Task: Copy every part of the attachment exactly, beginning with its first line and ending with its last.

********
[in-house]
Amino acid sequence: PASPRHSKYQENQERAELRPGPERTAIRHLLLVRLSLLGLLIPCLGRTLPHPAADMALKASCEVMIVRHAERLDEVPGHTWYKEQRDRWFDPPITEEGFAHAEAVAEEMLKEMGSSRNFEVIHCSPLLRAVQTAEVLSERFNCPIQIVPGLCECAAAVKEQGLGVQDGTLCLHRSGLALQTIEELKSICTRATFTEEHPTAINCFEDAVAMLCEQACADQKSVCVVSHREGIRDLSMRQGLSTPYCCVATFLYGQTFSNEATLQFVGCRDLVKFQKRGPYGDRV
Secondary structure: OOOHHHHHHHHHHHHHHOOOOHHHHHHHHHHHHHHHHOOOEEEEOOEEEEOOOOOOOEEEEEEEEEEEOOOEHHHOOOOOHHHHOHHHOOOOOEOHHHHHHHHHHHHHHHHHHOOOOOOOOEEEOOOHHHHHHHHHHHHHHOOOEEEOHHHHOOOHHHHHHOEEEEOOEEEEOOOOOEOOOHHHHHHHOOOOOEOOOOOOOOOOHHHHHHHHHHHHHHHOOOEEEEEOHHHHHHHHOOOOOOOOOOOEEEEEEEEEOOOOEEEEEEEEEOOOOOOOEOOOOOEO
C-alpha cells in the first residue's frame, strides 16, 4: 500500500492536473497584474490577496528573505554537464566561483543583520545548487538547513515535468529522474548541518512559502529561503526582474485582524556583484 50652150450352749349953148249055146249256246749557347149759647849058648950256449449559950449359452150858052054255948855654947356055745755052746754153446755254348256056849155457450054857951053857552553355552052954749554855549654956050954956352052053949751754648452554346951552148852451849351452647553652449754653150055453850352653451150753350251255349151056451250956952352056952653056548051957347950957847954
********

[in-house]
Amino acid sequence: PASPRHSKYQENQERAELRPGPERTAIRHLLLVRLSLLGLLIPCLGRTLPHPAADMALKASCEVMIVRHAERLDEVPGHTWYKEQRDRWFDPPITEEGFAHAEAVAEEMLKEMGSSRNFEVIHCSPLLRAVQTAEVLSERFNCPIQIVPGLCECAAAVKEQGLGVQDGTLCLHRSGLALQTIEELKSICTRATFTEEHPTAINCFEDAVAMLCEQACADQKSVCVVSHREGIRDLSMRQGLSTPYCCVATFLYGQTFSNEATLQFVGCRDLVKFQKRGPYGDRV
Secondary structure: OOOHHHHHHHHHHHHHHOOOOHHHHHHHHHHHHHHHHOOOEEEEOOEEEEOOOOOOOEEEEEEEEEEEOOOEHHHOOOOOHHHHOHHHOOOOOEOHHHHHHHHHHHHHHHHHHOOOOOOOOEEEOOOHHHHHHHHHHHHHHOOOEEEOHHHHOOOHHHHHHOEEEEOOEEEEOOOOOEOOOHHHHHHHOOOOOEOOOOOOOOOOHHHHHHHHHHHHHHHOOOEEEEEOHHHHHHHHOOOOOOOOOOOEEEEEEEEEOOOOEEEEEEEEEOOOOOOOEOOOOOEO
C-alpha cells in the first residue's frame, strides 16, 4: 500500500492536473497584474490577496528573505554537464566561483543583520545548487538547513515535468529522474548541518512559502529561503526582474485582524556583484 50652150450352749349953148249055146249256246749557347149759647849058648950256449449559950449359452150858052054255948855654947356055745755052746754153446755254348256056849155457450054857951053857552553355552052954749554855549654956050954956352052053949751754648452554346951552148852451849351452647553652449754653150055453850352653451150753350251255349151056451250956952352056952653056548051957347950957847954